Open Access
1 November 2003 GIS as a Tool in Participatory Natural Resource Management
Coen Bussink
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Geographic Information Systems (GIS) are often seen as incompatible with participatory processes. However, since the late 1990s, attempts have been made in numerous projects around the world to define “best practices” for improved natural resource management projects that integrate participation and accurate spatial information, using GIS (for example, see This article describes a project in the Peruvian Andes where spatial information played a key role. Can GIS help narrow the gap between professionals and farmers or local officials? Or is it really a top-down tool that requires too much expert knowledge; and are investments too great for remote rural areas? Examples of successful use of GIS are provided in this article, while practical complications and methodological constraints are highlighted.

Three case studies in Peru

Enhancement of natural resource management (NRM) in the Peruvian Andes depends principally on farmers, who are the main land users. Although decision-making processes take place principally at the farm and parcel level, farmers' decisions affect larger areas—a district or a catchment. It is often at these higher levels that NRM problems are observed. The challenge, then, is to solve problems on a greater scale by working with decision makers who manage only small parts of an area.

From May 2000 until May 2002, the Consortium for the Sustainable Development of the Andean Ecoregion (CONDESAN) and collaborating NGOs (Table 1) implemented a project that applied geographic information systems (GIS) to improve NRM and to help design rural development projects using participatory processes. The project was initiated in 3 catchments, 2 in the northern department of Cajamarca and 1 in the southern department of Puno, with 1 NGO working in each catchment (Figure 1).

During the project, NGO staff participated in training workshops on the use of GIS. Inexpensive software (IDRISI) and, as far as possible, existing, secondary data were used to make the methodology convenient and replicable for local organizations in the Andes. GIS aspects of the project were further supported by a GIS specialist from the International Potato Center (CIP) and by GIS students who did internships with the NGOs.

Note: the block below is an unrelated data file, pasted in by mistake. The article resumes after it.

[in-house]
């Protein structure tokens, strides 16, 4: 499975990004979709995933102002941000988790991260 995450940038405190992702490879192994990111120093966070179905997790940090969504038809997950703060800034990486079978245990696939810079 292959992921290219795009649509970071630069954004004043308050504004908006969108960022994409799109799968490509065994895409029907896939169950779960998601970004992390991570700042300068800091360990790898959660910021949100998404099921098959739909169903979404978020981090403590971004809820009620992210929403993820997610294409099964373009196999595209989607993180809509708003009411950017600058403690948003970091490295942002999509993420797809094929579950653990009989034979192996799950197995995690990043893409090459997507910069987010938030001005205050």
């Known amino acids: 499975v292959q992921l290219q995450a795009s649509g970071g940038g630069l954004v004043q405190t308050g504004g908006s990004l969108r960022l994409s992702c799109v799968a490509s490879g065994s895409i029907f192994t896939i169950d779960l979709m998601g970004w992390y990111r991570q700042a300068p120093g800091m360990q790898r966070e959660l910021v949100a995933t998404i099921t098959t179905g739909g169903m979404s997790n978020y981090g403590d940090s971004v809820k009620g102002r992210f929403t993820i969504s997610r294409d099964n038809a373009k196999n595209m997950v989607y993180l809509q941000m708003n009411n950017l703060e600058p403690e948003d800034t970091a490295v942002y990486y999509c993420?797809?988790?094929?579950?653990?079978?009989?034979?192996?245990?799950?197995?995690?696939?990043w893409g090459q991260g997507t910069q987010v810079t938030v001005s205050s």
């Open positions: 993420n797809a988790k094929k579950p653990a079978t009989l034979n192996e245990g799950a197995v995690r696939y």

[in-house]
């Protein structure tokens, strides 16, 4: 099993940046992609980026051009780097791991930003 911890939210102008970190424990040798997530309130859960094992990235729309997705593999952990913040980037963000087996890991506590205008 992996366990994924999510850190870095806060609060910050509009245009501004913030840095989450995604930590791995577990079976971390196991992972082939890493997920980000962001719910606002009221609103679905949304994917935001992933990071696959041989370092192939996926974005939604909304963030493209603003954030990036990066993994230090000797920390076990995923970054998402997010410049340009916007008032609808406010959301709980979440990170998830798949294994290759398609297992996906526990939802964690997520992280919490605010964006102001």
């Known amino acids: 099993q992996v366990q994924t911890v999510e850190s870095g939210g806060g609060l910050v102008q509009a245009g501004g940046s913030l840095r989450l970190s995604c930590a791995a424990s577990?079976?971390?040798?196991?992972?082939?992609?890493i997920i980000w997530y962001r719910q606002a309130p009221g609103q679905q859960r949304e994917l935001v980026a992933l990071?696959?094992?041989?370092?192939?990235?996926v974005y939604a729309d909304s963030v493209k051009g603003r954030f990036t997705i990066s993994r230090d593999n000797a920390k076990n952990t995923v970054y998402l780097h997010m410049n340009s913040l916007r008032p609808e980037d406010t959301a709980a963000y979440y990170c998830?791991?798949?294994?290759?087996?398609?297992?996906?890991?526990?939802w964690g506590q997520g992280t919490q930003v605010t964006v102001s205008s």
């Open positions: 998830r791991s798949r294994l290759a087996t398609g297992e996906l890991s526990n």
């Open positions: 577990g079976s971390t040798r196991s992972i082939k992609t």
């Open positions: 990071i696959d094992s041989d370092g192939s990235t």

In each catchment, committees were organized consisting of stakeholders such as municipal authorities, community leaders, and local institutions. A series of workshops were held in selected communities and Participatory Rural Appraisals (PRAs) were carried out to analyze problems related to NRM and agricultural production.

To feed the GIS, a “minimum data set” on natural resources was defined and constructed. It included climate data, maps and databases on soil and ground cover, as well as altitude data from contour line maps. In addition, available socioeconomic and agricultural production data were collected.

If information was insufficient or unavailable, primary (new) data had to be collected. For example, few preexisting detailed data were available on hydrological networks, location of springs, irrigation canals, and community boundaries. These data were collected by project members with GPS receivers, accompanied by community representatives.

Practical complications with data collection

A common problem in gathering data is that databases are not freely available. Frequently, success in accessing data depends on able diplomacy or interpersonal relations with the staff of an institution. Because of the NGOs' lack of experience in digitizing information and the relative complexity of IDRISI, it took 1 year to complete the minimum data sets.

The NGOs in the 2 Cajamarca catchments were compelled to produce primary data on soils and ground cover because of the lack of sufficiently detailed data. A soil specialist from the University of Cajamarca was hired to carry out this task (Figure 2). Generating information rather than using existing information offers the advantage of rapid collection of information with standardized (formal) methods for the entire study area. But it is also a relatively expensive approach that may not always be possible. In Mañazo, only existing studies on natural resources were used; this led to problems due to the incompatibility of studies done in different years, with different coverage, at different scales, and elaborated with different methods, legends, and classifications.